RADICAL NOTES

154. The "Small Shell" Radical: 貝

There's good news about the 貝 radical. This symmetrical shape is visually simple with just seven strokes. It has no variant forms, and it doesn't change its shape from character to character.

This does create one problem, though. Several look-alikes with similar meanings share this radical, such as 貨 (432: money, goods), 貸 (747: to lend), and 賃 (942: wage, charges). Actually, many kanji share the 貝 shape. It's the on-duty radical in 31 Joyo kanji! Still more include 貝 as a component.

But this is essentially a boon. By understanding 貝, we gain insight into a significant number of Joyo kanji!

Photo Credit: Eve Kushner

Two look-alikes meet up in a sign! The top row says 三井 (みつい: a company name), and the bottom row says 賃貸 (ちんたい: leasing, renting, hiring). By the way, the 十 in the top line is just for decoration.

Names and Positions of This Radical

In English, the 貝 radical goes by three names: "small shell," "money," and "shellfish." So far, so logical.

In Japanese, by contrast, we find these three names: かい, かいへん, and こがい. Let's look at each one.

The Name かい for a Centered 貝 Radical

The radical name かい makes perfect sense, as that's the kun-yomi of the kanji 貝 (90: shellfish, shell). This all-purpose name works particularly well to describe characters in which 貝 lies at the center. Some examples:

買 (193: to buy)
費 (567: expense)
責 (728: responsibility, blame)

By the way, when 貝 is centered, it always has something above it, as you can see from this list. The only exception to that rule is the kanji 貝 itself.

The Name かいへん for a Left-Side 貝 Radical

With かいへん (貝偏), we have a more specific name. It describes kanji with 貝 on the left side. However, because so many Joyo kanji feature 貝 as a radical and because quite a few of those have 貝 on the left, we still have a bumper crop of かいへん kanji. Some examples:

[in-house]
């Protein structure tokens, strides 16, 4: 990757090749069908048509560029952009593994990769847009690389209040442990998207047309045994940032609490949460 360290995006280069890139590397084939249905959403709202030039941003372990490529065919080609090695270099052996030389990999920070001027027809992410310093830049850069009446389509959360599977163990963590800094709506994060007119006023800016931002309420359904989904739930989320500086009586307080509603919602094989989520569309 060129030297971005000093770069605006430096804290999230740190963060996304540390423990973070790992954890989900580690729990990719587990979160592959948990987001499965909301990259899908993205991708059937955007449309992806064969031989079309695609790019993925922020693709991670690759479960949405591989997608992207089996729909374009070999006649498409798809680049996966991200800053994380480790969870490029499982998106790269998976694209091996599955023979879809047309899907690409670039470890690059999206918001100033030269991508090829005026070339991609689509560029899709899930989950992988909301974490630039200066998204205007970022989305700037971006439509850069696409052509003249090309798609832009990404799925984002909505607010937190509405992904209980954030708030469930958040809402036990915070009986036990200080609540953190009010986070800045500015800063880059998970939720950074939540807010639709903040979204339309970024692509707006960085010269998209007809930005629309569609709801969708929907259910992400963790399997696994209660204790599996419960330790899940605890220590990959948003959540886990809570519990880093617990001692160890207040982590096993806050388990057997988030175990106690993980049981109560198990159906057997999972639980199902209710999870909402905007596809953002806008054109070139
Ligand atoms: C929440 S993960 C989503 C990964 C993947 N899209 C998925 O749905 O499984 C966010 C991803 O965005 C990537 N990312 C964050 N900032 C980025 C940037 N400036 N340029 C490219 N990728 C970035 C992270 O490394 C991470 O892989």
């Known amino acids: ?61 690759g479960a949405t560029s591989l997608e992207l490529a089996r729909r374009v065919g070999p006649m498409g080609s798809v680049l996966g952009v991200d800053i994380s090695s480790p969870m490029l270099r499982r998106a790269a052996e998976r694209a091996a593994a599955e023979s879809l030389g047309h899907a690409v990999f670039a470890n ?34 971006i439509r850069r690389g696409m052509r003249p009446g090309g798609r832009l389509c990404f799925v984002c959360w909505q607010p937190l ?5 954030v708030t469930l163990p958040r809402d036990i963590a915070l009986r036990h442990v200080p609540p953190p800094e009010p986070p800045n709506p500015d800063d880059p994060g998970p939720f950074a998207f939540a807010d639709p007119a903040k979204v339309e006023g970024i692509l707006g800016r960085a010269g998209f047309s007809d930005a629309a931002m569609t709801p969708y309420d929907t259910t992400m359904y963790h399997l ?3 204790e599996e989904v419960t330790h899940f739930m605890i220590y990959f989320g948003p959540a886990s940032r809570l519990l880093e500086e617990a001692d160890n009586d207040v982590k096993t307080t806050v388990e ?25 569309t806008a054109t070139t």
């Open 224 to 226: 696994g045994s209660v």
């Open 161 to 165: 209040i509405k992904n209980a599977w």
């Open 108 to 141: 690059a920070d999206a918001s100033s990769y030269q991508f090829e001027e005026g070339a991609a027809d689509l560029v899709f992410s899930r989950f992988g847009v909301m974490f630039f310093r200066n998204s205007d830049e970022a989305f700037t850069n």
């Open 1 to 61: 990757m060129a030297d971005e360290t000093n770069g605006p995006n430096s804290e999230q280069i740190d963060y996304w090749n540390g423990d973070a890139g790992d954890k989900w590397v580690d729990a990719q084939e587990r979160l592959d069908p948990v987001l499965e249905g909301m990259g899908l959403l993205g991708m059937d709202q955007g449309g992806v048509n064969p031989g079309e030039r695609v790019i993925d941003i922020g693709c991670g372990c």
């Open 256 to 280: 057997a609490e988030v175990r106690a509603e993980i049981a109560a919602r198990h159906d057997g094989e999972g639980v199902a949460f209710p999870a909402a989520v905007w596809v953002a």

財 (685: wealth)
(1715: marketing, selling)
賭 (2077: to bet, gamble)

Photo Credit: Yoshikazu Kunugi

In the Yoshino Mountains of Nara Prefecture, Tsubosaka-dera Temple (壷坂寺) is known for its power to restore lost eyesight. The writing says 浄財 (じょうざい: donation).

The Name こがい for the "Small Shell" Radical

Given how logical the first two names are, こがい seems to come out of the blue. But this name distinguishes "our" radical from another one with a similar name and shape:

貝  こがい (小貝: the "small shell" radical)
頁  おおがい (大貝: the "large shell" radical)

This other radical, 頁, is radical 181.

Photo Credit: Eve Kushner

A portion of a restaurant sign affords a great opportunity to see the "small shell" and "large shell" radicals together. They help to form the word 貝類 (かいるい: shellfish).

Shells as Money

As a radical, 貝 almost always means "money" or "value." How did this happen? Did it all start with that one entrepreneurial woman at the beach? You know who I mean. She sells seashells down by the seashore....

No, the kanji 貝 originated as a pictograph of a "pointy bivalve," says Henshall. And the autonomous 貝 character still means "shellfish, shell." Because the ancient Chinese used shells as money, 貝 has come to mean "valuable items" or "assets" when it serves as a radical, Henshall says.

That's rather mind-blowing. The meanings of the 貝 kanji and of the 貝 radical evolved in different directions, even though the shapes are identical.

Photo Credit: Yusuke Yamada

Kai-awase (貝合わせ) is an old Japanese game similar to the Western game Concentration or Memory. By the way, that game is known in Japan as 神経衰弱 (しんけいすいじゃく), which means “nervous breakdown"!

Here are the rules of Kai-awase:

1. There are 360 pairs of clamshells. Each pair has been painted with the same artistic motif inside, making it different from all other pairs. Alternatively, each pair contains two halves of a waka (a 31-syllable poem).